(e) In a proceeding before the Office, a practitioner shall disclose to the Office information necessary to comply with applicable duty of disclosure provisions.

§11.304   Fairness to opposing party and counsel.

A practitioner shall not:

(a) Unlawfully obstruct another party's access to evidence or unlawfully alter, destroy or conceal a document or other material having potential evidentiary value. A practitioner shall not counsel or assist another person to do any such act;

(b) Falsify evidence, counsel or assist a witness to testify falsely, or offer an inducement to a witness that is prohibited by law;

(c) Knowingly disobey an obligation under the rules of a tribunal except for an open refusal based on an assertion that no valid obligation exists;

(d) Make a frivolous discovery request or fail to make a reasonably diligent effort to comply with a legally proper discovery request by an opposing party;

(e) In a proceeding before a tribunal, allude to any matter that the practitioner does not reasonably believe is relevant or that will not be supported by admissible evidence, assert personal knowledge of facts in issue except when testifying as a witness, or state a personal opinion as to the justness of a cause, the credibility of a witness, the culpability of a civil litigant or the guilt or innocence of an accused; or

(f) Request a person other than a client to refrain from voluntarily giving relevant information to another party unless:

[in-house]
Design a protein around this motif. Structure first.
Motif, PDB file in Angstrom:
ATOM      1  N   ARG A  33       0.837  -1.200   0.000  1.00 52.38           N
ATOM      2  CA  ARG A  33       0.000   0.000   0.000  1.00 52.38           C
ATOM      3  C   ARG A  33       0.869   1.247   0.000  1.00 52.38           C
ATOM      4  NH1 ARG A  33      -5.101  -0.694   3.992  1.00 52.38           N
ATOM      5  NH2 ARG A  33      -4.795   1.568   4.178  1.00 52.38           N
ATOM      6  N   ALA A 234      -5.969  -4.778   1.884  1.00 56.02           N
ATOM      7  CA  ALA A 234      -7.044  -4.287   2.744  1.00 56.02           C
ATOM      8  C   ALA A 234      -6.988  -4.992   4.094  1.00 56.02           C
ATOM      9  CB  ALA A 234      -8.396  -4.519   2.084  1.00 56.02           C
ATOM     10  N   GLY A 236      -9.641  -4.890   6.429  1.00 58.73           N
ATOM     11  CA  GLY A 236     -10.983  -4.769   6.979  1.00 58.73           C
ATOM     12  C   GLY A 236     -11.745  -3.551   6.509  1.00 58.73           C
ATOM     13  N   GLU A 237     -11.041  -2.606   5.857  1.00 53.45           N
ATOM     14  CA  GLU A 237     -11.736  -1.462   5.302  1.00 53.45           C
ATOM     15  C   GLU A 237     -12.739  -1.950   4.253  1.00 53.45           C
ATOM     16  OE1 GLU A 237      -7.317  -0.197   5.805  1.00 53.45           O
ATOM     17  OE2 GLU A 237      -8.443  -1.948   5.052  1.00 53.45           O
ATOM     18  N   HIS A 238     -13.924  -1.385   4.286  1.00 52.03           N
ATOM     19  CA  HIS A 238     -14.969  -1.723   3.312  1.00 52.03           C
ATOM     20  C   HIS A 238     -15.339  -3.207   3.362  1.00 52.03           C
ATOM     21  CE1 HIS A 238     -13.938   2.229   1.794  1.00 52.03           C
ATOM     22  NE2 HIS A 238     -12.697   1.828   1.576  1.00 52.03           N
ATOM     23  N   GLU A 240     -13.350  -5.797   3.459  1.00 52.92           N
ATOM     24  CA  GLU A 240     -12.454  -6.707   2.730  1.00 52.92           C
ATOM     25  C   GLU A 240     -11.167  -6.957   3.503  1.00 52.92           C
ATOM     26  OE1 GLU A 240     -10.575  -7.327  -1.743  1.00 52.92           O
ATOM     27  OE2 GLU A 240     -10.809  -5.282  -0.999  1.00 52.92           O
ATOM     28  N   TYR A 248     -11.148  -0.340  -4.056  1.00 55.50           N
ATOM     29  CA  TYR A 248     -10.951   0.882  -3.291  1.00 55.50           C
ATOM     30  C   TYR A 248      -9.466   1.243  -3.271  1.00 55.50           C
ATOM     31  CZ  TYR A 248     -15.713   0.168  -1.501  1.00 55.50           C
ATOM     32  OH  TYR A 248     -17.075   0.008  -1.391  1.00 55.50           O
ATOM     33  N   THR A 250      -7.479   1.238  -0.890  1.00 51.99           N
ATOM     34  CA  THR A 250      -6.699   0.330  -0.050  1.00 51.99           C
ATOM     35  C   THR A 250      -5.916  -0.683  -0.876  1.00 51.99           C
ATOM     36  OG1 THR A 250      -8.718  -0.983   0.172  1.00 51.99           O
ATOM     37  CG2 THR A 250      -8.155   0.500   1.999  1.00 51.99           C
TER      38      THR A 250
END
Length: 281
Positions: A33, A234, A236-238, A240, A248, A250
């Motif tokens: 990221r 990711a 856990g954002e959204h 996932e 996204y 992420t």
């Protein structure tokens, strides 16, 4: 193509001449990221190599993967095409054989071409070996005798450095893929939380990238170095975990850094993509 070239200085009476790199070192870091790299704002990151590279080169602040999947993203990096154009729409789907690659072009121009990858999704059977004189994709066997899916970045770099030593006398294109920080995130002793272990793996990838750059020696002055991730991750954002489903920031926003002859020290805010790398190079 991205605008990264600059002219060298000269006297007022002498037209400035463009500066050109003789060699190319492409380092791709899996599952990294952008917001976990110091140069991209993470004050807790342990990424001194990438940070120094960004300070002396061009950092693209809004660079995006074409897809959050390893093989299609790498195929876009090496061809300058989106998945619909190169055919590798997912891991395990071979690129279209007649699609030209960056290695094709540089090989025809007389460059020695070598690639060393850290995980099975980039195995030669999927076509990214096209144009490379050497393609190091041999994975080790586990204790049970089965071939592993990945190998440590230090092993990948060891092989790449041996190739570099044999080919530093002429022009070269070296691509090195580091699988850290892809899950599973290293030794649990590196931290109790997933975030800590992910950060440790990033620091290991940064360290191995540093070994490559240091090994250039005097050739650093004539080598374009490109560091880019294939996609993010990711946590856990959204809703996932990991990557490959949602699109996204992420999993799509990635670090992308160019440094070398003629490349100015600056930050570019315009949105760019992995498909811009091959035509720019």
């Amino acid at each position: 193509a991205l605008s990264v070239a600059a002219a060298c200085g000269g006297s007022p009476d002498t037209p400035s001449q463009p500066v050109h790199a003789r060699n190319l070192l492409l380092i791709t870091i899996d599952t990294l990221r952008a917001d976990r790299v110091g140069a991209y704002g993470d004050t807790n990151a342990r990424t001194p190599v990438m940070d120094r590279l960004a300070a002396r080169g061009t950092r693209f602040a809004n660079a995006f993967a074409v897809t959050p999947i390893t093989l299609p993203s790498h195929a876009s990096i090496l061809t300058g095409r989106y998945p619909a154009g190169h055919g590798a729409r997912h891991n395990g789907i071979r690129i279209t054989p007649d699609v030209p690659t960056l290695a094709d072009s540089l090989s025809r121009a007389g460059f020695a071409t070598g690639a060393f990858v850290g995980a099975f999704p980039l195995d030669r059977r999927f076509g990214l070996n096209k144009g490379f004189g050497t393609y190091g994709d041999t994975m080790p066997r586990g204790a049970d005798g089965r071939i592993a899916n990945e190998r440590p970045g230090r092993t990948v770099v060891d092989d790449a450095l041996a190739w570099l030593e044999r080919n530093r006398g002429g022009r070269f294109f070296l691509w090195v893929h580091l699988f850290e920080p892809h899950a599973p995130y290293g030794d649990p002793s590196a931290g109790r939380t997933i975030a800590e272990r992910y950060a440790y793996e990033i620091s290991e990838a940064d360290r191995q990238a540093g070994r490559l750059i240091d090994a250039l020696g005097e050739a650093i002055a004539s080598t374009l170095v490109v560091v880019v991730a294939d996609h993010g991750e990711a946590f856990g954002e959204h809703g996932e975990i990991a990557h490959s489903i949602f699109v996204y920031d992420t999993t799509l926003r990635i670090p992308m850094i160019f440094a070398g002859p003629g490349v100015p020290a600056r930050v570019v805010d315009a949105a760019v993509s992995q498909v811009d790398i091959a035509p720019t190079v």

(1) The person is a relative or an employee or other agent of a client; and

(2) The practitioner reasonably believes that the person's interests will not be adversely affected by refraining from giving such information.

§11.305   Impartiality and decorum of the tribunal.

A practitioner shall not:

(a) Seek to influence a judge, hearing officer, administrative law judge, administrative patent judge, administrative trademark judge, juror, prospective juror, employee or officer of the Office, or other official by means prohibited by law;

(b) Communicate ex parte with such a person during the proceeding unless authorized to do so by law, rule or court order; or

(c) [Reserved]

(d) Engage in conduct intended to disrupt any proceeding before a tribunal.

§11.306   Trial publicity.

(a) A practitioner who is participating or has participated in the investigation or litigation of a matter shall not make an extrajudicial statement that the practitioner knows or reasonably should know will be disseminated by means of public communication and will have a substantial likelihood of materially prejudicing an adjudicative proceeding in the matter.